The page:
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I Don’t Want My Community to Know I’m Pregnant

For as long as Jane could remember, she has had a community of people around her. Most of the people she lives by know her name and smile when they greet her. She enjoys having others in her life, but there is a part of her she has kept hidden from her parents and fellow neighbors. This secret threatens to be revealed when her normally regular period is late. Finding herself turning inward, Jane feels isolated as she numbly continues to attend school and participate in social activities. She wishes for things to just return to “normal.” Fearing judgment from her peers and disappointment from her parents, Jane prays no one will find out about her pregnancy. She hopes for a way to make it disappear. Do you find yourself relating to Jane? Is there a secret you’ve been carrying for a while, but you’re not sure how to share? Where do you turn when you don’t want others in your community to know you’re pregnant?

After learning about an unexpected pregnancy, are you beginning to feel alone in your community? Avenue Women’s Center is here to listen to your story with sensitivity, offering nonjudgmental care during this confusing time. Our private options consultations will equip you with information about abortion, adoption, and parenting. We’ll ensure you have the support and confidence you need to freely explore your feelings about each option. Throughout our six locations in DuPage County, we offer limited medical services, such as medical-grade pregnancy tests and ultrasound exams to help you learn more about your available choices.

Call, chat, email, or text us to set up your free appointment today!

I’m Worried I’ll Be Judged by My Community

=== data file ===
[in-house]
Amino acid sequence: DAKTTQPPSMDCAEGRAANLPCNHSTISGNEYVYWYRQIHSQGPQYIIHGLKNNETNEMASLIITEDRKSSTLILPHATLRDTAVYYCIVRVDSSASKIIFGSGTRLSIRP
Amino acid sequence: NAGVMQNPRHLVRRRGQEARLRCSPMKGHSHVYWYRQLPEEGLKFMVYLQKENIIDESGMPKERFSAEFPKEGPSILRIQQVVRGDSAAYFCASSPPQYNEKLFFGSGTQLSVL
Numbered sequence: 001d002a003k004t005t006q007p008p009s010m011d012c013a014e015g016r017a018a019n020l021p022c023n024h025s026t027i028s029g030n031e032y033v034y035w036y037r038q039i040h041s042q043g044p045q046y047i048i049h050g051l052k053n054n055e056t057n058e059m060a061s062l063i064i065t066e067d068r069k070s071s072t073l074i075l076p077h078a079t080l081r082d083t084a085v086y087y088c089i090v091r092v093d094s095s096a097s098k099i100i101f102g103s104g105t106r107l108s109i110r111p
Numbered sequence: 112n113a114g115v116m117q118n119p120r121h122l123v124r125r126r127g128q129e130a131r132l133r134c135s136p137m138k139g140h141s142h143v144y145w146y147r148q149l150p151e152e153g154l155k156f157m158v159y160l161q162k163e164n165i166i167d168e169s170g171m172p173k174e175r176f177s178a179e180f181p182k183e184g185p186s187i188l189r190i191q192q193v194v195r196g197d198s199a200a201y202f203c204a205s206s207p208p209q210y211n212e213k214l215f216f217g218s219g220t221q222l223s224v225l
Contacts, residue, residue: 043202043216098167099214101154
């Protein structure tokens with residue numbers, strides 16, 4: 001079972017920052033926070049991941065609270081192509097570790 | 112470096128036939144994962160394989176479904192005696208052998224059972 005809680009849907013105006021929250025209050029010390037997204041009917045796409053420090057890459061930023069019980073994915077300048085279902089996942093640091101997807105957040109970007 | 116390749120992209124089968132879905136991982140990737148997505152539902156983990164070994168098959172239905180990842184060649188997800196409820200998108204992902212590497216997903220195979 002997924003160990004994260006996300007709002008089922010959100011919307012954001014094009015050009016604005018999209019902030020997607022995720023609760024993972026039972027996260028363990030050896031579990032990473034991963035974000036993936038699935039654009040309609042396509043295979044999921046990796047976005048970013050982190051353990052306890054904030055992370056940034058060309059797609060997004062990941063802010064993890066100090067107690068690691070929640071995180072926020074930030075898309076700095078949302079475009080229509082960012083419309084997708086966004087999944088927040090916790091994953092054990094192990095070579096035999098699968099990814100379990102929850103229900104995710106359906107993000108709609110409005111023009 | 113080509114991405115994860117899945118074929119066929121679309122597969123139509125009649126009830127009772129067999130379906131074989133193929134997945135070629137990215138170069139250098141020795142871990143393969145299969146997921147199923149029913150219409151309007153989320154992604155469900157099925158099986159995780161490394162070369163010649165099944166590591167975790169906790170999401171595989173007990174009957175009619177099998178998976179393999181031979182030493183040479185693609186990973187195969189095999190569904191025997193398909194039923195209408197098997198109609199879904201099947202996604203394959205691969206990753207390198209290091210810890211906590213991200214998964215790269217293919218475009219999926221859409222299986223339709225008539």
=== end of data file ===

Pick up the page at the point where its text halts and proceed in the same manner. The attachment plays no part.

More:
The news of a pregnancy is often associated with strong emotions. It can be scary to learn you’re pregnant when you’re young and may not feel prepared. You may feel uncertain about what you’re supposed to do after you learn about an unexpected pregnancy. If you aren’t aware that any of your peers have been in a situation like this, you may have found yourself struggling to relate to people who may have been your friends for as long as you can remember. Fearing judgment, your anxiety might have begun to craft scenarios in your head where they reject you for your pregnancy.

You may also be afraid of your parents’ reaction, and perhaps you’ve imagined them becoming angry with you. Perhaps they have shared expectations with you for a different outcome in your life and you are worried to disappoint them. They may have even expressed how they would respond if you were ever to become pregnant. So, you have concerns now that this hypothetical situation is a reality. Feeling overwhelmed or afraid of approaching this topic with them is a common response.  Some women may find themselves contemplating abortion as an option to avoid the topic altogether. 

It’s normal for most women to practice in their heads how they may tell someone about an unexpected pregnancy. But as you envision each conversation, ask yourself: How would I feel about keeping an unexpected pregnancy a secret forever?  What are the potential positive outcomes of sharing the news with them? How might my fears or insecurities be preventing me from having this conversation?